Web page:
Experiences Abroad

Natalie+Landgraf+%28left%29+poses+outside+La+Sagrada+Familia+in+Barcelona%2C+Spain.+Photo+courtesy+Natalie+Landgraf.

Natalie Landgraf (left) poses outside La Sagrada Familia in Barcelona, Spain. Photo courtesy Natalie Landgraf.

Studying abroad requires a leap of faith and every experience is different, varying based on country and program. But the global pandemic’s effect on international travel has significantly altered Marquette’s study abroad program.

Natalie Landgraf, a senior in the College of Nursing, studied abroad in Dublin, Ireland, during the spring 2020 semester, when the world shut down. She says that out of all the new and unfamiliar things she experienced away from Milwaukee, getting home last March was the toughest part.

“It took us three hours to get through security,” Landgraf says. “They would bring people into a small room to take their temperature, so everybody was taking Tylenol. It was scary because everybody needed to get home, but you couldn’t get on the plane if you had a temperature.”

But for Landgraf, the positive experiences she had meeting new people and being immersed in different cultures outweighed the negative impact of COVID-19.

“I was able to travel to Scotland, Spain, Amsterdam, Copenhagen and Portugal,” Landgraf says. “I built friendships off of standing in line ordering coffee … At some point, I even want to live out there (in Europe) for a while.”

Landgraf and other students who were abroad in the spring semester of 2020 had their time away cut in half, as they found themselves finding trips home mid-March amid lockdowns.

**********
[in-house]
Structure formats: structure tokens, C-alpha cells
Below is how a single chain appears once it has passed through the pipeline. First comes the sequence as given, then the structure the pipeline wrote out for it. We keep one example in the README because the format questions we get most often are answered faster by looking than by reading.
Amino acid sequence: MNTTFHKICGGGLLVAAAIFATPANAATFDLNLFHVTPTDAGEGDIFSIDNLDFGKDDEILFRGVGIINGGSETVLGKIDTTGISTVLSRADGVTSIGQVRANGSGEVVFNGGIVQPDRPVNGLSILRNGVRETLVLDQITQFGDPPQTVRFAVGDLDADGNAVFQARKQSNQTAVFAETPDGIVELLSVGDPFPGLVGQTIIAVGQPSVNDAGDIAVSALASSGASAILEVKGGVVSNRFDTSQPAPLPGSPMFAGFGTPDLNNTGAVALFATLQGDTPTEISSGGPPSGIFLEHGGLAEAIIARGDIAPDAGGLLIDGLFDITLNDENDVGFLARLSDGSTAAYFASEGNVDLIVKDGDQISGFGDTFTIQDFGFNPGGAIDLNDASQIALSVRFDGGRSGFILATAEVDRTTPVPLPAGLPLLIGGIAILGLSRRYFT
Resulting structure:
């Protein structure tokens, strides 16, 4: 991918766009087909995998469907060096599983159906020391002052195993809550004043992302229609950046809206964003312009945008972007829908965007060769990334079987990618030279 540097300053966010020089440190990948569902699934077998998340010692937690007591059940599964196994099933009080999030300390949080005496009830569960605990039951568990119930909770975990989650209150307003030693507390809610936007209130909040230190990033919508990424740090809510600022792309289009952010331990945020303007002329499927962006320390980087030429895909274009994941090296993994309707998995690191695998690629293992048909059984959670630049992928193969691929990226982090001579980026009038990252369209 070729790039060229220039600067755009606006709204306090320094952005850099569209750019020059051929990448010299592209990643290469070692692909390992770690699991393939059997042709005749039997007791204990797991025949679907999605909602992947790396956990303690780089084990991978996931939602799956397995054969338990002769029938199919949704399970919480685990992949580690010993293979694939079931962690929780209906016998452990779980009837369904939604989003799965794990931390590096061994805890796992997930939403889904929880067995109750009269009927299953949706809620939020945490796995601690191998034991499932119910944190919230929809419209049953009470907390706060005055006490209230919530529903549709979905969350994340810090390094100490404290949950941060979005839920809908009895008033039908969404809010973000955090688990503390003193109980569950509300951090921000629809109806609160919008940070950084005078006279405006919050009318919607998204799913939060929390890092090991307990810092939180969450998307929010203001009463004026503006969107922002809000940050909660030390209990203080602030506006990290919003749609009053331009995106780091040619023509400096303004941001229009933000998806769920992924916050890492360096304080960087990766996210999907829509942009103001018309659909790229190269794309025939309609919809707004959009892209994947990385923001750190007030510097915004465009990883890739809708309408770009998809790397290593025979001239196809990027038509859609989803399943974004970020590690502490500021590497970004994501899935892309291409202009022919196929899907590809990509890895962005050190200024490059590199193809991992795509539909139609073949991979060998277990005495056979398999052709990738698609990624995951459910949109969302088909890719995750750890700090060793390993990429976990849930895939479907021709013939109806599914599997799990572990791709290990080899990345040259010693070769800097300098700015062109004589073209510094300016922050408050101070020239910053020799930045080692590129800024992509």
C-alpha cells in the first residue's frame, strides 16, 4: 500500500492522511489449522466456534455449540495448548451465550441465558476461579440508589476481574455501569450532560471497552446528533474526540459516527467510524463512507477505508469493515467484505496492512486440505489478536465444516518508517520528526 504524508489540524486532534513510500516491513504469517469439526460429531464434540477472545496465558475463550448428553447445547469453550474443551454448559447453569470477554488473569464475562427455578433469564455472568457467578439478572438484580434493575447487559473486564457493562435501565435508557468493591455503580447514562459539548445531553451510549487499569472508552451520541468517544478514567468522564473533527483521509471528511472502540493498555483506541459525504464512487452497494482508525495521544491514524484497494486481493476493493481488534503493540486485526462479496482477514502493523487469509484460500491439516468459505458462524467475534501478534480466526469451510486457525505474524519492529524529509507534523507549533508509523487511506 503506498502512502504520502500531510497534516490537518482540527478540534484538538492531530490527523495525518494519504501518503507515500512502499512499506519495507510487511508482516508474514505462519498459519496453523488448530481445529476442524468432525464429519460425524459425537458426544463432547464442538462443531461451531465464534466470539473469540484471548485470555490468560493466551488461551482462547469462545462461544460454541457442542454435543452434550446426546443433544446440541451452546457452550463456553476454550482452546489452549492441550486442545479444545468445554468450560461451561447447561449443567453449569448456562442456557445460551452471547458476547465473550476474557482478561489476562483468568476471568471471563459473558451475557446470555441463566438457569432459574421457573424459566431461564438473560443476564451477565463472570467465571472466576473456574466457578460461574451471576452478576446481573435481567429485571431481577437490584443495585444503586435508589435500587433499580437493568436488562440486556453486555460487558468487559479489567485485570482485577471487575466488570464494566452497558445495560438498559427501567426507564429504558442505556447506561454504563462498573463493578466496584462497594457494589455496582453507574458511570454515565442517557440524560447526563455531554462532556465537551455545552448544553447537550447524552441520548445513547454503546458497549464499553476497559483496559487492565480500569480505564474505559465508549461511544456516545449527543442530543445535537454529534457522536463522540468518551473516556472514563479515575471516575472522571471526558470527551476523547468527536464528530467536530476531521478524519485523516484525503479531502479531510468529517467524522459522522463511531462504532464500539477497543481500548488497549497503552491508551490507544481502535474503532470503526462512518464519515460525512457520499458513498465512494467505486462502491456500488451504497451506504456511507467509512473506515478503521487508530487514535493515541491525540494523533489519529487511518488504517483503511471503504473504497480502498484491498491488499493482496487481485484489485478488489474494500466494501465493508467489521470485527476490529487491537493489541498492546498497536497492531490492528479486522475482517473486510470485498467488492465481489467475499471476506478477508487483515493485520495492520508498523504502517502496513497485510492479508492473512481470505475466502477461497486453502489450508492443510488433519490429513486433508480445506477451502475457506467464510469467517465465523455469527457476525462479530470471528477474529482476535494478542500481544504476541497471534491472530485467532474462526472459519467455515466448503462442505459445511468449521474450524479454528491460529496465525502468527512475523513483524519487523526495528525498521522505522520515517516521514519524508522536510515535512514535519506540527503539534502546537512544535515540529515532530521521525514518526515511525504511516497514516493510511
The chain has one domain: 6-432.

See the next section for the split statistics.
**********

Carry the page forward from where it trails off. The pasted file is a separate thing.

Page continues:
For some students, the pandemic prevented them entirely from joining a program.

Jacob Rose, a senior in the College of Communication, had been hoping to study abroad somewhere in Europe during the fall 2021 semester.

“I was really looking forward to the idea of spending a semester abroad and the pandemic made it tough,” Rose says. “It’s something that I’ll regret not getting the chance to do as a college student, but for those students that come after me, I hope they get the chance to do what I couldn’t.”

Kate Morris, a senior in the College of Arts & Sciences, studied abroad in Athens, Greece during the fall of 2019. She says she loved her time away and encourages Marquette students to challenge themselves with new experiences.

“It’s about taking your college experience into your own hands. We can live such a normal life at Marquette and it’s good to experience something more than that,” Morris says.

While being abroad can open you up to different people, it can also be hard at times. Culture shock is something many students experience when traveling internationally, whether that’s a new language or different cultural norms. Morris says she felt out of place sometimes during her time in Greece and when she stepped out and visited other places.

“Egypt was definitely a big culture shock because it was very different than the rest of the countries I was in,” Morris says. “It was chaotic and loud with cars honking at every minute of the night.”

But she was also able to see national landmarks like the Egyptian pyramids and the medieval streets of Edinburgh, despite not knowing much about those places.

Studying abroad can challenge students in many ways, but both Landgraf and Morris say they learned something about themselves in the process.

“I feel like I matured a lot while I was there because it was very out of my comfort zone, as study abroad is for most people,” Morris says. “Whenever I was hesitant to do something, I just went ahead and did it.”

“I learned that I love spontaneity,” Landgraf says. “Planning things out is so great but the greatest moments abroad were moments when I would wake up early one morning and run into the city without worrying about time.”

This story was written by Quinn Faeth. He can be reached at quinlan.faeth@marquette.edu.